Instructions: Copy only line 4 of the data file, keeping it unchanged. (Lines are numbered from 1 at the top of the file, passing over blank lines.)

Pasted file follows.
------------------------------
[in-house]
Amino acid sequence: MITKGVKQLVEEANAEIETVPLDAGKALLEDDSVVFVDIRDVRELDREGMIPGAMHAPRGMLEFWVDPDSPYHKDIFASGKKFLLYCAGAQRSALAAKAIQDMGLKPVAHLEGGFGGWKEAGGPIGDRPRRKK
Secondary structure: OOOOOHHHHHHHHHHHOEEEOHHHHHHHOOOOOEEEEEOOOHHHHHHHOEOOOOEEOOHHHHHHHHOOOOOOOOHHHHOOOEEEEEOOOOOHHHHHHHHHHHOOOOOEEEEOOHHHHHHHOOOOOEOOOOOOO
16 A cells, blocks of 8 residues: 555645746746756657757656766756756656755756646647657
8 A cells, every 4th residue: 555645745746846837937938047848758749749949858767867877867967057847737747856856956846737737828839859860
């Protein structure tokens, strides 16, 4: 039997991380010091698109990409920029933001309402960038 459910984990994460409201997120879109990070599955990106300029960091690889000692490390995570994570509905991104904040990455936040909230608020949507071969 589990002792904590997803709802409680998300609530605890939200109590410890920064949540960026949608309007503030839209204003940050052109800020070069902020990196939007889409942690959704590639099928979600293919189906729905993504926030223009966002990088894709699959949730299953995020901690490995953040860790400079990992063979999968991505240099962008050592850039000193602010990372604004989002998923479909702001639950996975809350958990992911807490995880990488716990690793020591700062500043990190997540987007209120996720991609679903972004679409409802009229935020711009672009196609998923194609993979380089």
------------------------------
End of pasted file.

16 A cells, blocks of 8 residues: 555645746746756657757656766756756656755756646647657